Omar Samhan will spend the next few weeks helping NBA scouts figure out his pro potential. But Omar, a graduating senior, seems to have already figured out how to accomplish what his fellow Arab-American, radio personality Casey Kasem always preached, “Keep your feet on the ground, and keep reaching for the stars.”

12-19

Negotiating with the Taliban?

“Sleeping” with the Enemy”

By Geoffrey Cook, MMNS

Differences Between the U.S., Afghani and Indian Governments

Point Isabel, Point Richmond (Calif.)–Your author is taking his subtitle from a less than notable American film of several years ago to finish up his report on the recent Indian Ambassador to Kabul’s comments , Gautam Mukhopadhaya.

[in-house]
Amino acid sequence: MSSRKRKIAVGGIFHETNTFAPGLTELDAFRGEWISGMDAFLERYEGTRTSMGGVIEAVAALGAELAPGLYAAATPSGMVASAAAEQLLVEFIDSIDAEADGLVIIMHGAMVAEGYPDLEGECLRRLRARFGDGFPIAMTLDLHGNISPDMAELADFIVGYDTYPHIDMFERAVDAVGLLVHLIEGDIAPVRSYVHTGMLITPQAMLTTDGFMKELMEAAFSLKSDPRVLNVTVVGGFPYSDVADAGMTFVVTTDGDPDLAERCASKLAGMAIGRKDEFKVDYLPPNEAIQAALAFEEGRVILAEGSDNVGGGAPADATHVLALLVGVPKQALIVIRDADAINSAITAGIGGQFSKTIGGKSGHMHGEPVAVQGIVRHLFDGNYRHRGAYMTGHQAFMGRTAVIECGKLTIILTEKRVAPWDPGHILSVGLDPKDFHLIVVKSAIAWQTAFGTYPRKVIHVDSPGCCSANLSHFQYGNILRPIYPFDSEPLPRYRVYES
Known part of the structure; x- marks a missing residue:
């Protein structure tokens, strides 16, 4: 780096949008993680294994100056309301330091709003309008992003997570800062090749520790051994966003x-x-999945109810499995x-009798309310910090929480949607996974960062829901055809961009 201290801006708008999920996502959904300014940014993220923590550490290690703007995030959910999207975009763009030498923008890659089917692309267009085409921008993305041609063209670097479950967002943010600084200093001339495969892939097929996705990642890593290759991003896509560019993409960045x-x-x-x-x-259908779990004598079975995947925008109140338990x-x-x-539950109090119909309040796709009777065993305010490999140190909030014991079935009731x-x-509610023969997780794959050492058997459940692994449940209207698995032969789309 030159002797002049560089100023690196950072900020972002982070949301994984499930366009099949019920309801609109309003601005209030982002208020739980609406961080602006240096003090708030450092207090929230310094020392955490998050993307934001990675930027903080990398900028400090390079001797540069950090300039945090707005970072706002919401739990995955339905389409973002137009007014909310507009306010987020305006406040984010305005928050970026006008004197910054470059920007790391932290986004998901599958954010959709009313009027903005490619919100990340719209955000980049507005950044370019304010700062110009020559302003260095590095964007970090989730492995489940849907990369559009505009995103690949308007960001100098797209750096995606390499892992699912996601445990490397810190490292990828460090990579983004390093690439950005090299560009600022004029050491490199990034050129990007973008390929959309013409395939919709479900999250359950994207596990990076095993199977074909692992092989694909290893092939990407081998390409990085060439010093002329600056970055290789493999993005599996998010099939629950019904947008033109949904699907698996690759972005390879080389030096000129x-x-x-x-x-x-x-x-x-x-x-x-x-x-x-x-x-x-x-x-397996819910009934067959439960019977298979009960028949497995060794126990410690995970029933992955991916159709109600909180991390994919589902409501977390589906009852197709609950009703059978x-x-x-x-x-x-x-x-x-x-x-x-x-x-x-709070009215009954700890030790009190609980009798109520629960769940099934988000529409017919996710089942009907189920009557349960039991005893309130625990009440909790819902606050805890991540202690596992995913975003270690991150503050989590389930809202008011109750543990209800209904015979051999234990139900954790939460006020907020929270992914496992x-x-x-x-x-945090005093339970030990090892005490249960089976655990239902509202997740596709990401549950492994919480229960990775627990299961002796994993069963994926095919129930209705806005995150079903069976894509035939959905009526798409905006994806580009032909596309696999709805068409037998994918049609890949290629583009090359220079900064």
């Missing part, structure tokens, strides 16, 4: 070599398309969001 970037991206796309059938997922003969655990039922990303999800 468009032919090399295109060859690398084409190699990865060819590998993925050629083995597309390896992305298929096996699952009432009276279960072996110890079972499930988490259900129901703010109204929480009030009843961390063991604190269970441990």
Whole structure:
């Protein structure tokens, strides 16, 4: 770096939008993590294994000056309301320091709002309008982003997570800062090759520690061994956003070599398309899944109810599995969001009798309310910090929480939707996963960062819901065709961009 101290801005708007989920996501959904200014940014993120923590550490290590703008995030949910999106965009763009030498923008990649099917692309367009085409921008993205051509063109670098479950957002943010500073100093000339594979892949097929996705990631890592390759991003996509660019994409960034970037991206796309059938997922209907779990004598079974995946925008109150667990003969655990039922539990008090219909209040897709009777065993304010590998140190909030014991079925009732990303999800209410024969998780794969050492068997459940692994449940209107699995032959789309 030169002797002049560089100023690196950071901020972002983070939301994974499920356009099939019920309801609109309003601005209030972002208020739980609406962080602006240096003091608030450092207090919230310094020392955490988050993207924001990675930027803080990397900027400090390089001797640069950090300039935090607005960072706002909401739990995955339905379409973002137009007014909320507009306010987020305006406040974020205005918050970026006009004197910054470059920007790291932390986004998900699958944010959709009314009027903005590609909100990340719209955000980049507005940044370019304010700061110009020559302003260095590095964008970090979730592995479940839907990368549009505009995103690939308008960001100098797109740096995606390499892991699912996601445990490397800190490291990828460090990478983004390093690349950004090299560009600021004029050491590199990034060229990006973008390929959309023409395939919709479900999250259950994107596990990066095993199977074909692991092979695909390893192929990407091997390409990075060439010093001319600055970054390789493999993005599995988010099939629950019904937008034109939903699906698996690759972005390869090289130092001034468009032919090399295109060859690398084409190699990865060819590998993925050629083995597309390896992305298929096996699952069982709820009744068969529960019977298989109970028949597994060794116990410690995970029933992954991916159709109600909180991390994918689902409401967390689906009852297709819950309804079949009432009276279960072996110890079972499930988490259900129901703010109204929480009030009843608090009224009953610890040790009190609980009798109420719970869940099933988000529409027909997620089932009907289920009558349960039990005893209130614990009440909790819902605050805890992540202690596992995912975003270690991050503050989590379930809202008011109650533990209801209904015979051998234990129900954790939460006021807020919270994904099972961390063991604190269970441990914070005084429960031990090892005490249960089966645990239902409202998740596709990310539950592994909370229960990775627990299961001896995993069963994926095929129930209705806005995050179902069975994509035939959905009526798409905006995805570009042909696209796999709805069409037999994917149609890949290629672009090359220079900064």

At the moment your reporter finds himself at a lovely promontory pointing into San Francisco Bay, and it seems strange to be considering so many matters so far away that I begun two weeks ago from Berkeley.  At that time I decided to divide the presentation into two parts because of its length.

Mukhopadhaya continued on how the political position amongst the American voters regarding Afghanistan was shifting away from support to criticism of official military policy in the Hindu Kush.  Therefore, the District of Columbia had to change its tactics in response.

Pakistan operates in this War as it perceives to its own interests.  Thus, the Ambassador deems that NATO (the North Atlantic Treaty Organization’s) allies in the Hindu Kush consider Rawalpindi to be unreliable — which is far from the truth in your writer’s opinion. 

Both the U.S. and Pakistan are targeting the Taliban, (but Islamabad only considers one branch of the Taliban to be hostile to their interests.  The other four branches – which are within their territory, too – they do not consider a threat, and all these parties are comparatively accommodating to the other – including Pakistan.  Up to 80% of the Pakistani Taliban resides in the federally administered Northwest Provinces.)